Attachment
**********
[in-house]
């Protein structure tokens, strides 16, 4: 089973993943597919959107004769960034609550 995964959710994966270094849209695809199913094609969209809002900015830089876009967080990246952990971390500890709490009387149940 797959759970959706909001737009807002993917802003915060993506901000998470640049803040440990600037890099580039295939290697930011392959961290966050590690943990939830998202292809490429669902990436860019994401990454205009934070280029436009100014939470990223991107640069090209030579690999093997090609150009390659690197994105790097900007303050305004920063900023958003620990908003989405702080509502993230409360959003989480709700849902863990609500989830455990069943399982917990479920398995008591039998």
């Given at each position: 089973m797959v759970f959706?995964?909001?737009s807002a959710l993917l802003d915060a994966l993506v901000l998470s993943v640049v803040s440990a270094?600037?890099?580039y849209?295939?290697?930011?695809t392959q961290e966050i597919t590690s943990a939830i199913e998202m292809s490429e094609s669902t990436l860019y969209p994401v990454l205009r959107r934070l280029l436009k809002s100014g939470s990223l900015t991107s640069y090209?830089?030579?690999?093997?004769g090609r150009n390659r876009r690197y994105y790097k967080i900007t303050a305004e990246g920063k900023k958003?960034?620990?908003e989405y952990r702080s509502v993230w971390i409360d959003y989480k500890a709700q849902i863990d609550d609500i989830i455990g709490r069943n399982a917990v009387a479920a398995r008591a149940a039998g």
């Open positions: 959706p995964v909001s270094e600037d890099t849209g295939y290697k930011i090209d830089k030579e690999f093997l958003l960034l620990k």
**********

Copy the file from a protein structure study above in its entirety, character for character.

[in-house]
């Protein structure tokens, strides 16, 4: 089973993943597919959107004769960034609550 995964959710994966270094849209695809199913094609969209809002900015830089876009967080990246952990971390500890709490009387149940 797959759970959706909001737009807002993917802003915060993506901000998470640049803040440990600037890099580039295939290697930011392959961290966050590690943990939830998202292809490429669902990436860019994401990454205009934070280029436009100014939470990223991107640069090209030579690999093997090609150009390659690197994105790097900007303050305004920063900023958003620990908003989405702080509502993230409360959003989480709700849902863990609500989830455990069943399982917990479920398995008591039998």
């Given at each position: 089973m797959v759970f959706?995964?909001?737009s807002a959710l993917l802003d915060a994966l993506v901000l998470s993943v640049v803040s440990a270094?600037?890099?580039y849209?295939?290697?930011?695809t392959q961290e966050i597919t590690s943990a939830i199913e998202m292809s490429e094609s669902t990436l860019y969209p994401v990454l205009r959107r934070l280029l436009k809002s100014g939470s990223l900015t991107s640069y090209?830089?030579?690999?093997?004769g090609r150009n390659r876009r690197y994105y790097k967080i900007t303050a305004e990246g920063k900023k958003?960034?620990?908003e989405y952990r702080s509502v993230w971390i409360d959003y989480k500890a709700q849902i863990d609550d609500i989830i455990g709490r069943n399982a917990v009387a479920a398995r008591a149940a039998g």
């Open positions: 959706p995964v909001s270094e600037d890099t849209g295939y290697k930011i090209d830089k030579e690999f093997l958003l960034l620990k």